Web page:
To assess the safety and efficacy of closing the left atrial appendage, the researchers analyzed the health records of 10,524 patients in The Society of Thoracic Surgeons Adult Cardiac Surgery Database, a nationally-representative data set that includes 90 percent of cardiac surgery centers in the United States. They extracted data for Medicare patients with AFib who underwent coronary artery bypass grafting, aortic valve surgery or mitral valve surgery in 2011 or 2012.
About 37 percent of the patients had their left atrial appendage closed during their surgery. Of these, 1.6 percent were hospitalized for thromboembolism within 12 months (the study's primary endpoint), significantly fewer than the 2.5 percent of patients experiencing thromboembolism who did not have their left atrial appendage closed. This translates to a 40 percent reduction in risk over 12 months, Friedman said, noting that this reduction would likely grow more impactful as it accumulates over time.
In addition, closing the left atrial appendage was associated with a 15 percent reduction in the rate of death and a 21 percent reduction in a composite of thromboembolism, hemorrhagic stroke and death. There was no significant difference in the rate of hemorrhagic stroke, a type of stroke caused when a blood vessel in the brain ruptures.
Friedman said the results suggest closing the left atrial appendage is safe and effective for AFib patients undergoing cardiac surgery.
"Intuitively, surgical left atrial appendage occlusion should work; however, there have been concerns that incomplete occlusion actually could lead to increased risk for thromboembolism because it could result in small communications between the appendage and the left atrium," Friedman said. "The fact that we saw such a dramatic association between the procedure and a reduction in thromboembolism was reassuring that, at least in a more contemporary cohort of patients, left atrial appendage occlusion is able to be done in a much more effective way than initial reports had suggested may be the case."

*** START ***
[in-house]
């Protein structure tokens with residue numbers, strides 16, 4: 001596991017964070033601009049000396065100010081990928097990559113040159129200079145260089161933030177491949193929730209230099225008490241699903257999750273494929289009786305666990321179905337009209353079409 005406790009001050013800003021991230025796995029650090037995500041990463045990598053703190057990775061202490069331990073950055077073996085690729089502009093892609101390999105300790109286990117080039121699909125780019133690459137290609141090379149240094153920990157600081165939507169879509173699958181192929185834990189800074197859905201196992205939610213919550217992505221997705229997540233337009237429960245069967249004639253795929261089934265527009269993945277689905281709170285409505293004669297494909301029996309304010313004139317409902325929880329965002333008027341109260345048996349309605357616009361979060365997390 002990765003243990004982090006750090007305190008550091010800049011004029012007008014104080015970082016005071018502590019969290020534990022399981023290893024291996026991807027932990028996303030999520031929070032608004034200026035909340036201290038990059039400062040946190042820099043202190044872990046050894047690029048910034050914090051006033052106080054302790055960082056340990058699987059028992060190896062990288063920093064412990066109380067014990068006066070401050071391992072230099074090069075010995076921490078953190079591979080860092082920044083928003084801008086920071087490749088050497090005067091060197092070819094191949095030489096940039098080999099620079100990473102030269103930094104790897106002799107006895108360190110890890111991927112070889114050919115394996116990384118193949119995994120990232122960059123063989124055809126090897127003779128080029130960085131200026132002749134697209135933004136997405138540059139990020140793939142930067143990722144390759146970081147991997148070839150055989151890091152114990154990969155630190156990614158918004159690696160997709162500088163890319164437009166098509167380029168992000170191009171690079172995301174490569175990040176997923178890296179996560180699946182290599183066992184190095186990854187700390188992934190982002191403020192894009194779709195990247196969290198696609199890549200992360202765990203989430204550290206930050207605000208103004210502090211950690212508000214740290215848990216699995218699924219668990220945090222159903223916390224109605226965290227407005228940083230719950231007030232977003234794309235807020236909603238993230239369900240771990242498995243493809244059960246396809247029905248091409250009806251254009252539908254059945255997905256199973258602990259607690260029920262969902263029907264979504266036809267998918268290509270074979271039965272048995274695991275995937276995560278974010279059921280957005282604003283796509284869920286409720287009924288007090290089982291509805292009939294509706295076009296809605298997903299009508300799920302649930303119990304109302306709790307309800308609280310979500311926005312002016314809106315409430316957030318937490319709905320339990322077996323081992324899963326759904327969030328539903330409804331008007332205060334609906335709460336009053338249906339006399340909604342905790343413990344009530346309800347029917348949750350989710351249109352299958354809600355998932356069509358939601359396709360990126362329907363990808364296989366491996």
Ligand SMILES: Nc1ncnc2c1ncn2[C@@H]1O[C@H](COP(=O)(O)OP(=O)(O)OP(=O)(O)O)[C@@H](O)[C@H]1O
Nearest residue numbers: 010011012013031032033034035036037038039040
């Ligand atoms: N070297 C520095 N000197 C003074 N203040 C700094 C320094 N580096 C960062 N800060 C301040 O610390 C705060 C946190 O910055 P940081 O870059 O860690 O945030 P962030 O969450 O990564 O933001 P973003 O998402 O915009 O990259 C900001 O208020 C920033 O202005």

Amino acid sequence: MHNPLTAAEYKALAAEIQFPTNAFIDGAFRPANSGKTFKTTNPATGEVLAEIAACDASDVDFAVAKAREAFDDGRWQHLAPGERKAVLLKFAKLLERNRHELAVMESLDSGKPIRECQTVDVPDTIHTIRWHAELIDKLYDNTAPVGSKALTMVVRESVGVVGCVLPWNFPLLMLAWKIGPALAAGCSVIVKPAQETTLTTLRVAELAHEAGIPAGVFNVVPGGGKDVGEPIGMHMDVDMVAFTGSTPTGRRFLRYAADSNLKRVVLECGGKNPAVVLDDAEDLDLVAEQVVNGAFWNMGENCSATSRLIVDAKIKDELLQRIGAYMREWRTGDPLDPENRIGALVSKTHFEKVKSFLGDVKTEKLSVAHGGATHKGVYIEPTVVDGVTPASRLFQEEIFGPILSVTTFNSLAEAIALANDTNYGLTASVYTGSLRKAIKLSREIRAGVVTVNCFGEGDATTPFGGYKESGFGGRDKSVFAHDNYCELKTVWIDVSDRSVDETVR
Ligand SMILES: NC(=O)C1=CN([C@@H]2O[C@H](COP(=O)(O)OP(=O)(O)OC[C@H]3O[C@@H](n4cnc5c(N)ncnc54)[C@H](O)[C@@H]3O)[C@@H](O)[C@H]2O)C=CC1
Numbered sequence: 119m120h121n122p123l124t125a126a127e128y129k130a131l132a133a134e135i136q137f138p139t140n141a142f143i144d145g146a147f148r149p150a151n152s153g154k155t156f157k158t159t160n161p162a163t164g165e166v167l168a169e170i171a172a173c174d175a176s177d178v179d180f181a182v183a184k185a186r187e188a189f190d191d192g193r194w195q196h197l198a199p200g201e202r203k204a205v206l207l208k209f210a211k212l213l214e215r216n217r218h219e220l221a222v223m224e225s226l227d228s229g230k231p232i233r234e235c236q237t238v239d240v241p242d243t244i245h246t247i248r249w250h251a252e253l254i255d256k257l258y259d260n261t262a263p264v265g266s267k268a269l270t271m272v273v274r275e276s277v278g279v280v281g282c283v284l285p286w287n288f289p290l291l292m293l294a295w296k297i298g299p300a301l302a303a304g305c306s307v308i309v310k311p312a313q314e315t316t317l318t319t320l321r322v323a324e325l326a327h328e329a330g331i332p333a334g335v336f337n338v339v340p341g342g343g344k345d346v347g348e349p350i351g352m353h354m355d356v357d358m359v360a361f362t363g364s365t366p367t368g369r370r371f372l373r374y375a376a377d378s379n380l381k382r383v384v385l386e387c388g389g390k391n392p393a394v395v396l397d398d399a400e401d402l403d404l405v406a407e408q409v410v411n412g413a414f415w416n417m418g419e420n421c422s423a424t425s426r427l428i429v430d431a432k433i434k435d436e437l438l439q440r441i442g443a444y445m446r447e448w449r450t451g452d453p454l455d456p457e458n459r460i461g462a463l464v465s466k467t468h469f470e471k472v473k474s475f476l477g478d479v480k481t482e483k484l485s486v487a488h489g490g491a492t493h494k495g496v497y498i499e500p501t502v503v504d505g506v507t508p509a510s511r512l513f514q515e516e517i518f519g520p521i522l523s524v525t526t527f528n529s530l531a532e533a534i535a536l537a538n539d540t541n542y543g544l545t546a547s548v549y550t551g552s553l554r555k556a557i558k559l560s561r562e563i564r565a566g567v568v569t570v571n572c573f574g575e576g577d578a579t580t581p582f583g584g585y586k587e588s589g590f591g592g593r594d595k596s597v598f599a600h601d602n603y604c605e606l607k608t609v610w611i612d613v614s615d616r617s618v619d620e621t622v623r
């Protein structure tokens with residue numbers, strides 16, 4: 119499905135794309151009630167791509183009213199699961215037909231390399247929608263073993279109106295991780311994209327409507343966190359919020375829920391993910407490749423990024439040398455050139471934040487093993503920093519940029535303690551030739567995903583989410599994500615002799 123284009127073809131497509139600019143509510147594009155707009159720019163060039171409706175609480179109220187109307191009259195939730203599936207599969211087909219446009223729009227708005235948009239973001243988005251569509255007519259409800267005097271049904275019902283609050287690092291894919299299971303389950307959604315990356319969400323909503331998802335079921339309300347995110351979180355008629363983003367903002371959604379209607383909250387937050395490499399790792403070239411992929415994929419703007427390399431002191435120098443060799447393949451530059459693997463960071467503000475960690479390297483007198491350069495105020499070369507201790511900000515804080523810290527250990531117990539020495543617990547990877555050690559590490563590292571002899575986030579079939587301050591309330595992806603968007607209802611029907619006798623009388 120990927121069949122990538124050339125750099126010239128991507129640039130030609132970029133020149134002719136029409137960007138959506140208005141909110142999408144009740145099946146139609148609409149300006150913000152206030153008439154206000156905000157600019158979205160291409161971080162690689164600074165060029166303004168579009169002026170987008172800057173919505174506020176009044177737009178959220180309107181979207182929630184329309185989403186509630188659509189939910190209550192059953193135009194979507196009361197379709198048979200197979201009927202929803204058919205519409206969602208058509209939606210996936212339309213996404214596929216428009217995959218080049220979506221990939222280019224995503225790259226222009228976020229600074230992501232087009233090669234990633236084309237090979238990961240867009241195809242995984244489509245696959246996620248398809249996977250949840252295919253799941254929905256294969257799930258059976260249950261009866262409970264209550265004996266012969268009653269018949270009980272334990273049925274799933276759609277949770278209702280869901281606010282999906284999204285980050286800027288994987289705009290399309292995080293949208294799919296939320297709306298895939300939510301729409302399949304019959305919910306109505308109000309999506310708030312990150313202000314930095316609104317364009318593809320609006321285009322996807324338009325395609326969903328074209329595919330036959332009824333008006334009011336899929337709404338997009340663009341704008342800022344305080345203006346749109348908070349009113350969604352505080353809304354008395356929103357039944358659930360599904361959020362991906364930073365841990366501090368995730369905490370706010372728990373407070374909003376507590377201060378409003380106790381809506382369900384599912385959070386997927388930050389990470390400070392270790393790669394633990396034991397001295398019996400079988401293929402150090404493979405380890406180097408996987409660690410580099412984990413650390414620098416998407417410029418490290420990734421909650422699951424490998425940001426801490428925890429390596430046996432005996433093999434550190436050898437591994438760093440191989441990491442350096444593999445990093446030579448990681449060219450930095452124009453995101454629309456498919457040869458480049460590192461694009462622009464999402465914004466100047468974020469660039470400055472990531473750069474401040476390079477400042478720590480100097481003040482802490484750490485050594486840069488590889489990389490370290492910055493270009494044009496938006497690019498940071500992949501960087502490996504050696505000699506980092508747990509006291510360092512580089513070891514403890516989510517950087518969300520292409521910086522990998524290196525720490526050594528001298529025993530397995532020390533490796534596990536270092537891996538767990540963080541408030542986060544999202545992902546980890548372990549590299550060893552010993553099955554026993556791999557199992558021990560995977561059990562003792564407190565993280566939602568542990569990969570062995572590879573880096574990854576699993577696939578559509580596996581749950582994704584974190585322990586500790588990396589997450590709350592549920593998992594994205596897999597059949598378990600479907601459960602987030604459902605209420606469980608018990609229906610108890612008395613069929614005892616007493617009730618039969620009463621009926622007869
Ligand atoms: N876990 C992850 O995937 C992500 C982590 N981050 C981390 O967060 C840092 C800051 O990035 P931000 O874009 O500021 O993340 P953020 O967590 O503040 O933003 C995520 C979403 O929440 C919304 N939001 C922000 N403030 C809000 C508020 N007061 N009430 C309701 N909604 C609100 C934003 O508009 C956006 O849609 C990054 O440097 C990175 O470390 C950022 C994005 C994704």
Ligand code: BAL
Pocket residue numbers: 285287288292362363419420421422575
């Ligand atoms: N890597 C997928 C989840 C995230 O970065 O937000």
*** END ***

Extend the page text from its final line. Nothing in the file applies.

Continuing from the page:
Further analysis revealed the greatest reduction in thromboembolism after left atrial appendage occlusion among patients who were not taking anticoagulant medications at discharge. There was no difference in thromboembolism rates for those who were taking anticoagulants at discharge. Whether left atrial appendage occlusion is effective enough to allow patients to safely stop taking anticoagulants is one potential area for future investigation, Friedman said.
The study is limited by the fact that it is an observational analysis. A prospective, randomized controlled trial would provide more robust evidence to support clinical decision making. The study also was not able to compare different techniques used to close the left atrial appendage, another aspect that could be investigated in future studies, Friedman said.
The study was funded by grants from the Burroughs Wellcome Fund and the U.S. Food and Drug Administration. Friedman receives funding from the National Institutes of Health T 32 training grant HL069749.